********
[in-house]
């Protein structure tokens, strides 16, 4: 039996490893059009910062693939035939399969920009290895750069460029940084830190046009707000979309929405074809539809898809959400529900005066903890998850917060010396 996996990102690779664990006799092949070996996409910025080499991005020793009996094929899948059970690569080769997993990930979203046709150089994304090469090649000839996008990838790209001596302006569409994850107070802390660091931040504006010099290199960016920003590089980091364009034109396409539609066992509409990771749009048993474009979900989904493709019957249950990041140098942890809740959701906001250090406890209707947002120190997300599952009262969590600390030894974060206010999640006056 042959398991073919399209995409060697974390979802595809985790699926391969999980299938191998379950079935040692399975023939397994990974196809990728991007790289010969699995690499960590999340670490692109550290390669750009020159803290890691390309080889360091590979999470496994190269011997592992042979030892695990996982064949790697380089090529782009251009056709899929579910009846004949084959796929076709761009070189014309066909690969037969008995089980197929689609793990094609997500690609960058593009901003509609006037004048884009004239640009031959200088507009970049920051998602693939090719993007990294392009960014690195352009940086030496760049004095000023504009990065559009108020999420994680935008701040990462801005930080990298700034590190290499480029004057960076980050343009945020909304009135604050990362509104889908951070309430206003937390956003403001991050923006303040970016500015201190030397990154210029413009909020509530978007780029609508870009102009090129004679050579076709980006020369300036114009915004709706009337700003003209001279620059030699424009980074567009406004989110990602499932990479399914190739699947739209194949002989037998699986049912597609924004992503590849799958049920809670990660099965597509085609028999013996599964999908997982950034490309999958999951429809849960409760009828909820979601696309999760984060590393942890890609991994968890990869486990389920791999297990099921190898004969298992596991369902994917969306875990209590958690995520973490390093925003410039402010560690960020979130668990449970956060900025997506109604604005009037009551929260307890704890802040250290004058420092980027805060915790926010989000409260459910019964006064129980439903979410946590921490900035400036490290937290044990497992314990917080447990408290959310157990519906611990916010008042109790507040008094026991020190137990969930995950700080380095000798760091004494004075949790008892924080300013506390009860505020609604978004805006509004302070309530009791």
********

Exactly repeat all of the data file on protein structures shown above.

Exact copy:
[in-house]
């Protein structure tokens, strides 16, 4: 039996490893059009910062693939035939399969920009290895750069460029940084830190046009707000979309929405074809539809898809959400529900005066903890998850917060010396 996996990102690779664990006799092949070996996409910025080499991005020793009996094929899948059970690569080769997993990930979203046709150089994304090469090649000839996008990838790209001596302006569409994850107070802390660091931040504006010099290199960016920003590089980091364009034109396409539609066992509409990771749009048993474009979900989904493709019957249950990041140098942890809740959701906001250090406890209707947002120190997300599952009262969590600390030894974060206010999640006056 042959398991073919399209995409060697974390979802595809985790699926391969999980299938191998379950079935040692399975023939397994990974196809990728991007790289010969699995690499960590999340670490692109550290390669750009020159803290890691390309080889360091590979999470496994190269011997592992042979030892695990996982064949790697380089090529782009251009056709899929579910009846004949084959796929076709761009070189014309066909690969037969008995089980197929689609793990094609997500690609960058593009901003509609006037004048884009004239640009031959200088507009970049920051998602693939090719993007990294392009960014690195352009940086030496760049004095000023504009990065559009108020999420994680935008701040990462801005930080990298700034590190290499480029004057960076980050343009945020909304009135604050990362509104889908951070309430206003937390956003403001991050923006303040970016500015201190030397990154210029413009909020509530978007780029609508870009102009090129004679050579076709980006020369300036114009915004709706009337700003003209001279620059030699424009980074567009406004989110990602499932990479399914190739699947739209194949002989037998699986049912597609924004992503590849799958049920809670990660099965597509085609028999013996599964999908997982950034490309999958999951429809849960409760009828909820979601696309999760984060590393942890890609991994968890990869486990389920791999297990099921190898004969298992596991369902994917969306875990209590958690995520973490390093925003410039402010560690960020979130668990449970956060900025997506109604604005009037009551929260307890704890802040250290004058420092980027805060915790926010989000409260459910019964006064129980439903979410946590921490900035400036490290937290044990497992314990917080447990408290959310157990519906611990916010008042109790507040008094026991020190137990969930995950700080380095000798760091004494004075949790008892924080300013506390009860505020609604978004805006509004302070309530009791």